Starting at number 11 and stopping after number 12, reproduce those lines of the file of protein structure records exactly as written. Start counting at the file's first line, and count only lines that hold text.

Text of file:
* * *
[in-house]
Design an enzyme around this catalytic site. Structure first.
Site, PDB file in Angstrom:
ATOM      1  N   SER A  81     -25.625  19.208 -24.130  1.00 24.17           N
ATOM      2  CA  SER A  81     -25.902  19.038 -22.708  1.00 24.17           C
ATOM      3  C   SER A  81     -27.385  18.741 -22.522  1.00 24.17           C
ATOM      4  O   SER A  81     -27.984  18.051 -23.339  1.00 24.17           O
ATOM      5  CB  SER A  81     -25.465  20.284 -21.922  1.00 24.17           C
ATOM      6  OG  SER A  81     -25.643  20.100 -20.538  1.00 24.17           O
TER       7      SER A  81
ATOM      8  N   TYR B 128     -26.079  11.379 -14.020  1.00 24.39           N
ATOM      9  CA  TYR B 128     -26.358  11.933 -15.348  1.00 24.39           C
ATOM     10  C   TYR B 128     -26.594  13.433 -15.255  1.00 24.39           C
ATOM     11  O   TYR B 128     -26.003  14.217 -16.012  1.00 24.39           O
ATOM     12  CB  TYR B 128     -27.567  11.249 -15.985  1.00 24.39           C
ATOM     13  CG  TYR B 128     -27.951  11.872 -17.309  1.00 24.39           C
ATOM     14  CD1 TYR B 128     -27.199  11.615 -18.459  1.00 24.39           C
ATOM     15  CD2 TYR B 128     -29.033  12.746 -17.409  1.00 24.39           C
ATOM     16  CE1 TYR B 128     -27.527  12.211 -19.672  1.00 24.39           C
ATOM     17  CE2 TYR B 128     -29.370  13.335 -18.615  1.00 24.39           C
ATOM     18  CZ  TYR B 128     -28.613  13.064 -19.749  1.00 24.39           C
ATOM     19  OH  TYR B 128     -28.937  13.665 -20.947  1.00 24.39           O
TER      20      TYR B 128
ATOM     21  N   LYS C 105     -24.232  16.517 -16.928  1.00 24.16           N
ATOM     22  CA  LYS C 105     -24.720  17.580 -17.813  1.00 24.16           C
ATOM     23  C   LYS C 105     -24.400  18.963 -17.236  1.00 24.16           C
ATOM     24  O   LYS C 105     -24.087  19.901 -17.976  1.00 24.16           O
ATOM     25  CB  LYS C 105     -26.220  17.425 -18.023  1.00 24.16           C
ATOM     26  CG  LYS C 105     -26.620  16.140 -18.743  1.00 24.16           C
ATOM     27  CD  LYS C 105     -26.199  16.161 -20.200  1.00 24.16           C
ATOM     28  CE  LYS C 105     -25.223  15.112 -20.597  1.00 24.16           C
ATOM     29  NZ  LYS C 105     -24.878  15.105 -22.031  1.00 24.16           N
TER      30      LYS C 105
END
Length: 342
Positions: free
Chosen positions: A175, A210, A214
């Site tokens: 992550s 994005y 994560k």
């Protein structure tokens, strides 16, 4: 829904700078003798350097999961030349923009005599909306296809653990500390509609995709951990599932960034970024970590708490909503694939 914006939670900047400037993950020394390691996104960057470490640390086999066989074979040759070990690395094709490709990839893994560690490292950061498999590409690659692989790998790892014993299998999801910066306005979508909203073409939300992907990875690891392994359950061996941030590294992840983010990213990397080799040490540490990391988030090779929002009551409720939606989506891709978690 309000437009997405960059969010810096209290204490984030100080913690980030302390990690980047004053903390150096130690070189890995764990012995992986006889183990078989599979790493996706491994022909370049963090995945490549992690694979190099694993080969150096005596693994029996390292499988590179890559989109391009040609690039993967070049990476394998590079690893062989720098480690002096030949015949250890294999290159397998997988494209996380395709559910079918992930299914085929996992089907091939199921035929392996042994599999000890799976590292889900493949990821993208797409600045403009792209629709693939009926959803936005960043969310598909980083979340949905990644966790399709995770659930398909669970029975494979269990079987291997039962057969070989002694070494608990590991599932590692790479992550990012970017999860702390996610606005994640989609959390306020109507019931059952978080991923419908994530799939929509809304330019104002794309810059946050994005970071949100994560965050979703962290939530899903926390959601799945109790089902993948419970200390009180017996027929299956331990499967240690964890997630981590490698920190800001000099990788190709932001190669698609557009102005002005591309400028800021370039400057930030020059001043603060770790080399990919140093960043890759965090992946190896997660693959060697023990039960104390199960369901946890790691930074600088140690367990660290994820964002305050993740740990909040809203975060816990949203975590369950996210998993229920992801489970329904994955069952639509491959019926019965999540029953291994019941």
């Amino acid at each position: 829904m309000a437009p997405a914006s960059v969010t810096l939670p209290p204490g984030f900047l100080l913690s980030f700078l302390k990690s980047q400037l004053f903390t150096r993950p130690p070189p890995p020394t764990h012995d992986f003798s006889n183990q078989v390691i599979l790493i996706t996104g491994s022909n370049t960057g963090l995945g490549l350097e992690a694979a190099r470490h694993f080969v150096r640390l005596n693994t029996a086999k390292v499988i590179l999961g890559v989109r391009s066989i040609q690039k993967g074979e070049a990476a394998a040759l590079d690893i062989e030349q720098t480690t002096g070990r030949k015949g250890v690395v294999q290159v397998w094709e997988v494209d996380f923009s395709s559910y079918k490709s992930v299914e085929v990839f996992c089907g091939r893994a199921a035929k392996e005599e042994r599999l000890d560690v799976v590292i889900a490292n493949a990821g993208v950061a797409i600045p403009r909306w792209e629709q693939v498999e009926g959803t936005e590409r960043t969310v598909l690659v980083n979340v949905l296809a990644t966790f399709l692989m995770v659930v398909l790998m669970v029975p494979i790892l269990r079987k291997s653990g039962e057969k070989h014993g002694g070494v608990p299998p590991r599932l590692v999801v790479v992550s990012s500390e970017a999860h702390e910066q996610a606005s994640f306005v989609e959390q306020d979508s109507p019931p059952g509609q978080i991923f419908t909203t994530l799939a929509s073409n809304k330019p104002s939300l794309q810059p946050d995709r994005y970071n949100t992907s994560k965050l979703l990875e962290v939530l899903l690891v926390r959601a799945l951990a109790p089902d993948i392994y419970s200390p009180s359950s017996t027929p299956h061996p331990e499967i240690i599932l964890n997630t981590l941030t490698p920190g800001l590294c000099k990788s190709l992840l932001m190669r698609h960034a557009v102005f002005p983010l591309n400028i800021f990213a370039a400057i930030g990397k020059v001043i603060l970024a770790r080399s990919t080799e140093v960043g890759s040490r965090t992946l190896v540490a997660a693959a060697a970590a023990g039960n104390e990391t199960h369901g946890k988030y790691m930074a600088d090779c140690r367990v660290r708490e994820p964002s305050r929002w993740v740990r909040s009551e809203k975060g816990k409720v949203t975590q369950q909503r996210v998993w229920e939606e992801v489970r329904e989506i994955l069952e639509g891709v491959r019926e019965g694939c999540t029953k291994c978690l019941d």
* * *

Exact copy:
ATOM      8  N   TYR B 128     -26.079  11.379 -14.020  1.00 24.39           N
ATOM      9  CA  TYR B 128     -26.358  11.933 -15.348  1.00 24.39           C